Written and Directed by Robert Softley Gale with performers Laurence Clark, Jim Fish, Pete Edwards and Colin Young and with musicians Scott Twynholm and Kim Moore, this movement-based piece that tells the stories of five guys with cerebral palsy (CP). Sophie Partridge saw the show at the Traverse Theatre, Edinburgh
As someone who tends to be `challenged’ by impairment-based work (and gives poor Mr. S-Gale notes on all his shows whether he asks for them or not!), I was keen to see this piece. Purposeless Movements revolves around four men who share their experiences of life and of cerebral palsy.
As I somehow ended up chairing the after-show discussion, I was able to ask “Why no women with purposeless movements?” Robert simply said that his intention was to explore the male experience of having CP, which seemed fair enough.
On the surface Purposeless Movements is quite formulaic (like much popular disability arts I’ve seen lately). There are funny bits and sad, all interspersed with music and movement. The captioned piece opens with the four performers stating in turn and as if repeating for the audience, in case anyone has somehow `misheard’, due to any of their impaired speech, that they are “professional actors, paid to say things; what a laugh.”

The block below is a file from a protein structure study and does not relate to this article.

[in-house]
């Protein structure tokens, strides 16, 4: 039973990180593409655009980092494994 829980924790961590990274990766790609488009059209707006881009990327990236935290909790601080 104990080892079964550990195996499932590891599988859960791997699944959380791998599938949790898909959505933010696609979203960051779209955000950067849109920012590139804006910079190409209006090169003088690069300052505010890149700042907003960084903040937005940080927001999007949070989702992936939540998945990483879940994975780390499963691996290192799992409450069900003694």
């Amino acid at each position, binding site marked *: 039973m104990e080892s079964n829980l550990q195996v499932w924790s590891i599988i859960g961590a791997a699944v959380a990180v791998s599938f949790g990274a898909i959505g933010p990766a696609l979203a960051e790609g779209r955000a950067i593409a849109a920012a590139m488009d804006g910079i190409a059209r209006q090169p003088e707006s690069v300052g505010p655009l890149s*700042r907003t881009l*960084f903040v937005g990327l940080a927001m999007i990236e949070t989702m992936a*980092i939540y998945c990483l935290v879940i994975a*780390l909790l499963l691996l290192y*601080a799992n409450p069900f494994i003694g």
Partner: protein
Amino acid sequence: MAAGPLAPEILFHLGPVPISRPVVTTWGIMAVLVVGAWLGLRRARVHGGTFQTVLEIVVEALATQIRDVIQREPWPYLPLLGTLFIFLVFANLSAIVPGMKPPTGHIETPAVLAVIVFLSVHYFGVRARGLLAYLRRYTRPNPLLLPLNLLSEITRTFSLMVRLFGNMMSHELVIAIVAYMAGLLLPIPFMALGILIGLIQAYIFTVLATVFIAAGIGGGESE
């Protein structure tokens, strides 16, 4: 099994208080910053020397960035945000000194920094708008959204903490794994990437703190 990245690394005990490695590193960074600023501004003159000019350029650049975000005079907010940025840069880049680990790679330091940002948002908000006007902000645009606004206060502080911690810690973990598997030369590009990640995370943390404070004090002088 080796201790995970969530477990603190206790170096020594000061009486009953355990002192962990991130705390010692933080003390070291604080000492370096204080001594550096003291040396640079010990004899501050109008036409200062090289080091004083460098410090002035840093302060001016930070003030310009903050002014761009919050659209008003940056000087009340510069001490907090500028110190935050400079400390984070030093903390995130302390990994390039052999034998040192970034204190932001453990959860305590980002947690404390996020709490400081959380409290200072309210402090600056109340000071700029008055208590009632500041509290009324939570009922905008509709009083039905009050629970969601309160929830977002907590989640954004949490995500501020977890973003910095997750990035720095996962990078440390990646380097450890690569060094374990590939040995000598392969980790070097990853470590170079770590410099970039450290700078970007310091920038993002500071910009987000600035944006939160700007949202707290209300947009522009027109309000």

They then each pull poses as if a signature of their own individual relationship with CP. Again like much work I’ve seen lately, I relaxed thinking that this piece, too, was aimed at a non-disabled audience and, as an ‘ageing bendy’, I’d heard and knew it all before. I was wrong.
Moments of real tension begin to emerge. There’s something about watching wobbly bodies scrapping with each other; blows that choose their aim by purpose and / or chance. A body sandwich becomes the focus of much frustration; anger vocalised at ableist views; drinking straws flying in abundance as sharp as arrows.
And all the time the female SLI (Sign Language Interpreter) is present, sometimes in physical contact with the actors. Her movements are always controlled, always purposeful to convey the message she intends. A contrast in communication is established between the unintentional movements of the shaky / or impaired body in relationship to a still body. (I say that because although I don’t have cerebral palsy, I know non-disabled people read much from my physicality, which I don’t actually choose!).
Purposeless Movements was all about communication. The show highlights a contrast between the male, multi-layered unspoken language emanating from each performer and the non-verbal, exact and direct communication of the female signer. Would this have been different with an all female cast?
And who decides what is with purpose and what is without? We touched on this, in the discussion – for whose purpose are any movements – those moving or those interacting with any given movement? This also brought us to discuss permission. Is it okay for anyone to move in certain ways or in certain situations which in turn, brought us to focus on non-disabled actors ‘cripping up’ – is it all just part of ‘the act’?!
The piece ends as it began, with the four performers in a line repeating the opening phrase. Yet something has shifted; I’m suddenly aware my responses have completely altered due to a change in physicality. There has been a reveal! The transition brings the truth to bear in an instant, of everything that has been said in the prior 70 minutes… ‘purposeful movement’.